Foul or No Foul? Controversial Whistle Leads to Virginia's Final Four Win


Virginia looked done.

Everything changed with one slight bump, one whistle and three clutch free throws — along with a pretty big no-call moments earlier.

Kyle Guy hit three free throws with 0.6 seconds left to help the Cavaliers beat Auburn 63-62 in a wild, controversial finish Saturday night that put the refs at the center of the national semifinals of the NCAA Tournament.

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It’s the result of a sequence that will be long discussed, with official James Breeding whistling Samir Doughty for a bump on Guy’s desperation 3-point shot, and a no call moments earlier on what many Auburn fans say was a double dribble.

Other fans did point out that it seemed like an earlier foul, a grab of the jersey, caused the double dribble.

Did the referee get the foul call right?

“Survive and advance,” Virginia coach Tony Bennett said, “I guess that’s taking on a new meaning.”

Doughty’s torso made contact with Guy’s right thigh as he elevated for the twisting shot, even as Doughty extended his arms skyward and he almost leaned backward in an attempt to avoid the contact.

It was too late.

Guy’s shot bounced off the rim as the horn sounded in what appeared to be an Auburn win. Guy even began to cover his face with his jersey as the shot missed as though thinking his season was over — though he said afterward he heard the whistle immediately.

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“That was me focusing,” Guy said.

Still, it took a few confusing moments before it was clear there had been a foul call, prompting a wave of stunned cheers from Virginia fans and furious boos from Auburn supporters.

“I thought it was going to be a no-call,” Auburn center Austin Wiley said, “but he made the call.”

Doughty said he was focused on trying to stay close to Guy — who had made a key 3-pointer moments earlier — but not fouling him.

“They missed some calls and they made some calls, but like I said, that’s why they’re reffing the Final Four because they’re the best of the best,” Doughty said. “You’ve got to trust their decision that they make on that floor.”

Officials reviewed a replay and confirmed Guy’s feet were behind the arc. Guy made the first two free throws to tie it, then came out of an Auburn timeout to hit the third and put Virginia ahead.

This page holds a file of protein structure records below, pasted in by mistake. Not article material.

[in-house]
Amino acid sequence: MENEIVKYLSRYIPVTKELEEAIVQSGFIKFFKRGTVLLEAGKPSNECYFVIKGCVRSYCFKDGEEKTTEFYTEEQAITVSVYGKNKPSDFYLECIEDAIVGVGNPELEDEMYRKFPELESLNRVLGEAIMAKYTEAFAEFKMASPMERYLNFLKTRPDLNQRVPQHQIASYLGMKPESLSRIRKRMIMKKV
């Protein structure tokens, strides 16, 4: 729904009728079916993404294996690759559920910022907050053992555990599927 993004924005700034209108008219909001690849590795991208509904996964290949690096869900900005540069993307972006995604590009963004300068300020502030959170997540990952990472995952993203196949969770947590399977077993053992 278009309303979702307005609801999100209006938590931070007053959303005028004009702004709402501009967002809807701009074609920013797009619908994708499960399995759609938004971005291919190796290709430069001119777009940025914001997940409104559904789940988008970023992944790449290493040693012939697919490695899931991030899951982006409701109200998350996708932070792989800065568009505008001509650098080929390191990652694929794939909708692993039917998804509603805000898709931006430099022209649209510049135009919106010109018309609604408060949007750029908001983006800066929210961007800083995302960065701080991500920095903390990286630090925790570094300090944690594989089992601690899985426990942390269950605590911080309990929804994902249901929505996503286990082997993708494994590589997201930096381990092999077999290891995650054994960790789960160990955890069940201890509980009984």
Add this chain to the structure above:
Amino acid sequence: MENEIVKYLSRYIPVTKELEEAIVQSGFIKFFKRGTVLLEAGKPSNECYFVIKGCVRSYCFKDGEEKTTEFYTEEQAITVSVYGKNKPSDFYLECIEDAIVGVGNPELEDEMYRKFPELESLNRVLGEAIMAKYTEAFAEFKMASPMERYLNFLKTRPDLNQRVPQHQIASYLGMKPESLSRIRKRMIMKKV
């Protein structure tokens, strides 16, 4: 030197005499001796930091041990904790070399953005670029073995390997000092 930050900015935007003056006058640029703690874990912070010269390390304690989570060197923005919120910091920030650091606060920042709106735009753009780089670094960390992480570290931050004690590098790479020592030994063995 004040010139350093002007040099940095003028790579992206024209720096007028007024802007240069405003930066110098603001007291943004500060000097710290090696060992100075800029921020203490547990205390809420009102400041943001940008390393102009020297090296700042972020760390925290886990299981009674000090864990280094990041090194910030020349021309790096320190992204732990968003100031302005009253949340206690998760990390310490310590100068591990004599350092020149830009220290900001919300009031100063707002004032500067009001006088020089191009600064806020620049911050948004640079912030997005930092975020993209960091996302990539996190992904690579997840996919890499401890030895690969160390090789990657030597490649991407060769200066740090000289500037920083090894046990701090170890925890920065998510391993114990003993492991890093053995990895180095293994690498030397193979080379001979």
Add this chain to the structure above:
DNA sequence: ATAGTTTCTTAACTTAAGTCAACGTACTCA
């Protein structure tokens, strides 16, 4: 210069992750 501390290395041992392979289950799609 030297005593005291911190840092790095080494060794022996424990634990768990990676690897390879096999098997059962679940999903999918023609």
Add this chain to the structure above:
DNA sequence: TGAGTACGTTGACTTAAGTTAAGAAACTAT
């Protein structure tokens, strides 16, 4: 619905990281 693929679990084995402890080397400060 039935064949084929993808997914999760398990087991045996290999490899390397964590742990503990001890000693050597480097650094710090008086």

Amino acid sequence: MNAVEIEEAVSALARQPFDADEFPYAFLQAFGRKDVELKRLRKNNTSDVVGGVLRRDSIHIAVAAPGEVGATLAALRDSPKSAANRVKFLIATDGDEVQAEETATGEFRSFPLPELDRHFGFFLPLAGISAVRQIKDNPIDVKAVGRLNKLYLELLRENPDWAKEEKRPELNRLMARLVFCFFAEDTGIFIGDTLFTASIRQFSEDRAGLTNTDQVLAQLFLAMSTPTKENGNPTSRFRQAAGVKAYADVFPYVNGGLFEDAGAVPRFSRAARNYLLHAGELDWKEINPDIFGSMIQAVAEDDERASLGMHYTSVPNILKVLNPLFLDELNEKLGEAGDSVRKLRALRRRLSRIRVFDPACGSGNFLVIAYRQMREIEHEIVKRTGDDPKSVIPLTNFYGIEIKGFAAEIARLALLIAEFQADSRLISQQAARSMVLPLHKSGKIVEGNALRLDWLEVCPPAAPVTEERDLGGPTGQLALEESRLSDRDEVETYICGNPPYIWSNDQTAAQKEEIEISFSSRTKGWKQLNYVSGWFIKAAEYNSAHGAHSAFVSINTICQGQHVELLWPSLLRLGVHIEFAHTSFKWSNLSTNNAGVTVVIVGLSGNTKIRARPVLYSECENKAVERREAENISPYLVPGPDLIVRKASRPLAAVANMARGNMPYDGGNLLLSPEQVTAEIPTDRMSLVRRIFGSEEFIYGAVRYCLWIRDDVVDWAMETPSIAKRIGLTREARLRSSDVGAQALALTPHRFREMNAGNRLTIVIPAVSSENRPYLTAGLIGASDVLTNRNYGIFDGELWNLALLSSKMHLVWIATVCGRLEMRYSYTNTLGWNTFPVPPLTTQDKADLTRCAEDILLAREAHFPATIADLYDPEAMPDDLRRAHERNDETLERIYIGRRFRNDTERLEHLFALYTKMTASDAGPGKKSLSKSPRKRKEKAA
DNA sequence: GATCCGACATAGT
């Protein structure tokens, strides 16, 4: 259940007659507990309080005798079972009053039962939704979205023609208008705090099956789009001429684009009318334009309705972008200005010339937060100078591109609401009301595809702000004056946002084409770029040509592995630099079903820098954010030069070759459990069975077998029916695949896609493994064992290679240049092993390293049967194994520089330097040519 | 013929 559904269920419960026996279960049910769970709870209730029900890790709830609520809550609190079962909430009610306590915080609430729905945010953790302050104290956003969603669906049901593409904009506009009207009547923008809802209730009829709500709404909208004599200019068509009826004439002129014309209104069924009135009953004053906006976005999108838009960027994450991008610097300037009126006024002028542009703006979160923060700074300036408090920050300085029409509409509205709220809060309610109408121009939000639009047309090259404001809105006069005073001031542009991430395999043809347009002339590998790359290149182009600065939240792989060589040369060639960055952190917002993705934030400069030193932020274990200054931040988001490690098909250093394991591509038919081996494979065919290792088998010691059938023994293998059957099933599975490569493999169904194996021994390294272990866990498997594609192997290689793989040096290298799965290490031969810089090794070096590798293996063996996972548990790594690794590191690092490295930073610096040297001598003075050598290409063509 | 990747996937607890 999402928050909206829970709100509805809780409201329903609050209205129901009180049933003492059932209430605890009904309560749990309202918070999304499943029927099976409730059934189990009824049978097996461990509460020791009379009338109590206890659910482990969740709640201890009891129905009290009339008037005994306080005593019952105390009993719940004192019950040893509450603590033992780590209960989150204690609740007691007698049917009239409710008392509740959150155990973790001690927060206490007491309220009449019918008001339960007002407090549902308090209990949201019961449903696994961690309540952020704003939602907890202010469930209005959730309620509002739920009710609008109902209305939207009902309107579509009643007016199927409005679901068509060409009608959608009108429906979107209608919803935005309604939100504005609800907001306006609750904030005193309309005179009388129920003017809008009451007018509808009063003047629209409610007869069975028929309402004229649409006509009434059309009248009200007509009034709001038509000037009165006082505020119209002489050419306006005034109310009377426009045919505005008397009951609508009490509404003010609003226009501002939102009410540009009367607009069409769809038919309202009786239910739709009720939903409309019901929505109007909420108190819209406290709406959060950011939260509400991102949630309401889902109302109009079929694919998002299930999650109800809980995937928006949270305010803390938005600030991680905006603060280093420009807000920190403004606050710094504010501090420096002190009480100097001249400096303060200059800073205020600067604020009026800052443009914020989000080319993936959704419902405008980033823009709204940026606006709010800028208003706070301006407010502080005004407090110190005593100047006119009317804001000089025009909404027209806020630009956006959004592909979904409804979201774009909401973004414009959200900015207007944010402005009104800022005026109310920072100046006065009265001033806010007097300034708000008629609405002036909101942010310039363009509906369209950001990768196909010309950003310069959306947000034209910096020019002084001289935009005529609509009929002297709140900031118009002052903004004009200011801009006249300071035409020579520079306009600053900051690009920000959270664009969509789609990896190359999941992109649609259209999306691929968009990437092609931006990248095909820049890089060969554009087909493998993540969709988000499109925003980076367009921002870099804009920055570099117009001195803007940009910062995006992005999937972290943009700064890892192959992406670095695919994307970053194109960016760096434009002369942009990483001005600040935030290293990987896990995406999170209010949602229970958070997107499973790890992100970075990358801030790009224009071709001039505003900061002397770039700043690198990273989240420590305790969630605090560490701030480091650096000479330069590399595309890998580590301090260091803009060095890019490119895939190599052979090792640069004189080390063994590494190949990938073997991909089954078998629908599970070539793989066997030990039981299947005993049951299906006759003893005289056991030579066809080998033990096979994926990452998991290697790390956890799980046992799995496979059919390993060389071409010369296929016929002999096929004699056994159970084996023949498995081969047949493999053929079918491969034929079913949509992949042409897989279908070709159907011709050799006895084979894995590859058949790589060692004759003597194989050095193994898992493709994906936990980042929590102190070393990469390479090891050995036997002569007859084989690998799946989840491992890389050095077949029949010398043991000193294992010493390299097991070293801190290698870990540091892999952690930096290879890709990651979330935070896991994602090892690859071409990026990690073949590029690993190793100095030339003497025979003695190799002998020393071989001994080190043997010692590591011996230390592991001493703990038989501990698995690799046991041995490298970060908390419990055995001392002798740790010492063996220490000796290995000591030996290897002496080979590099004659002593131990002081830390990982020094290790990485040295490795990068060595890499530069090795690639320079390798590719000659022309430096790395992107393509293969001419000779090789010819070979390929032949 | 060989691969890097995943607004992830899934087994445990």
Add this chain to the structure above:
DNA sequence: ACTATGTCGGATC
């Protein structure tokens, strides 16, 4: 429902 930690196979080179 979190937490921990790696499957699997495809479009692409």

The Tigers’ final heave downcourt for a desperation catch-and-shoot 3 from Brown wasn’t close.

This time, however, it was the end.

“NCAA needs to get some new refs,” Auburn guard Bryce Brown said after as the team made its way back to the locker room.

In a statement, national officiating coordinator J.D. Collins said that Breeding had ruled that Doughty moved into an airborne shooter while crowding into his landing spot to violate a rule governing “verticality.”

Virginia players mobbed Guy on the court and Cavaliers fans celebrated wildly, continuing their rise from the rubble following an unprecedented 16-vs-1 upset loss to UMBC last season. It was also the Cavaliers’ second straight tournament escape, following Mamadi Diakite’s buzzer-beating shot to force overtime on the way to beating Purdue in last weekend’s South Region final.

Auburn fans, however, were irate.

Auburn assistant coach Steven Pearl, son of head coach Bruce Pearl, ran part of the way across the court after the buzzer, shouting at the officials before departing. The officials soon sprinted off to the tunnel for their exit amid a few obscene gestures and insults hurled their way from the nearby Auburn student section, where shock had given way to fury.

Police escorted away a few of the most unruly fans. Others walked away from floor seats in tears.

There was frustration, too, that a key non-call went against the Tigers only moments earlier.

Virginia’s Ty Jerome dribbled a ball off his ankle while trying to go behind his back. He picked up the ball, then kept dribbling with about 3 seconds let near halfcourt in what CBS rules official Gene Steratore declared a missed double-dribble during the broadcast. Yet replays also showed Brown as the defender snagging Jerome’s jersey as the Tigers were trying to foul and disrupt Virginia’s offense with plenty of fouls to give.

Collins declined comment on that play.

The plays turned out to be the cappers of a wild tournament run for the fifth-seeded Tigers that had seen them take down bluebloods Kansas, North Carolina and Kentucky in succession to win the Midwest Region and reach their first Final Four.

Yet that tournament run very nearly ended in the first round with an eerily similar foul call.

It was in Salt Lake City where Auburn fouled a 3-point shooter for New Mexico State while protecting a slim lead with 1.1 seconds left. That time, though, Terrell Brown missed two of three free throws to help Auburn survive 78-77.

The foul happened again. This time, the free throws fell through to end the Tigers’ romping ride.

The Western Journal has reviewed this Associated Press story and may have altered it prior to publication to ensure that it meets our editorial standards.

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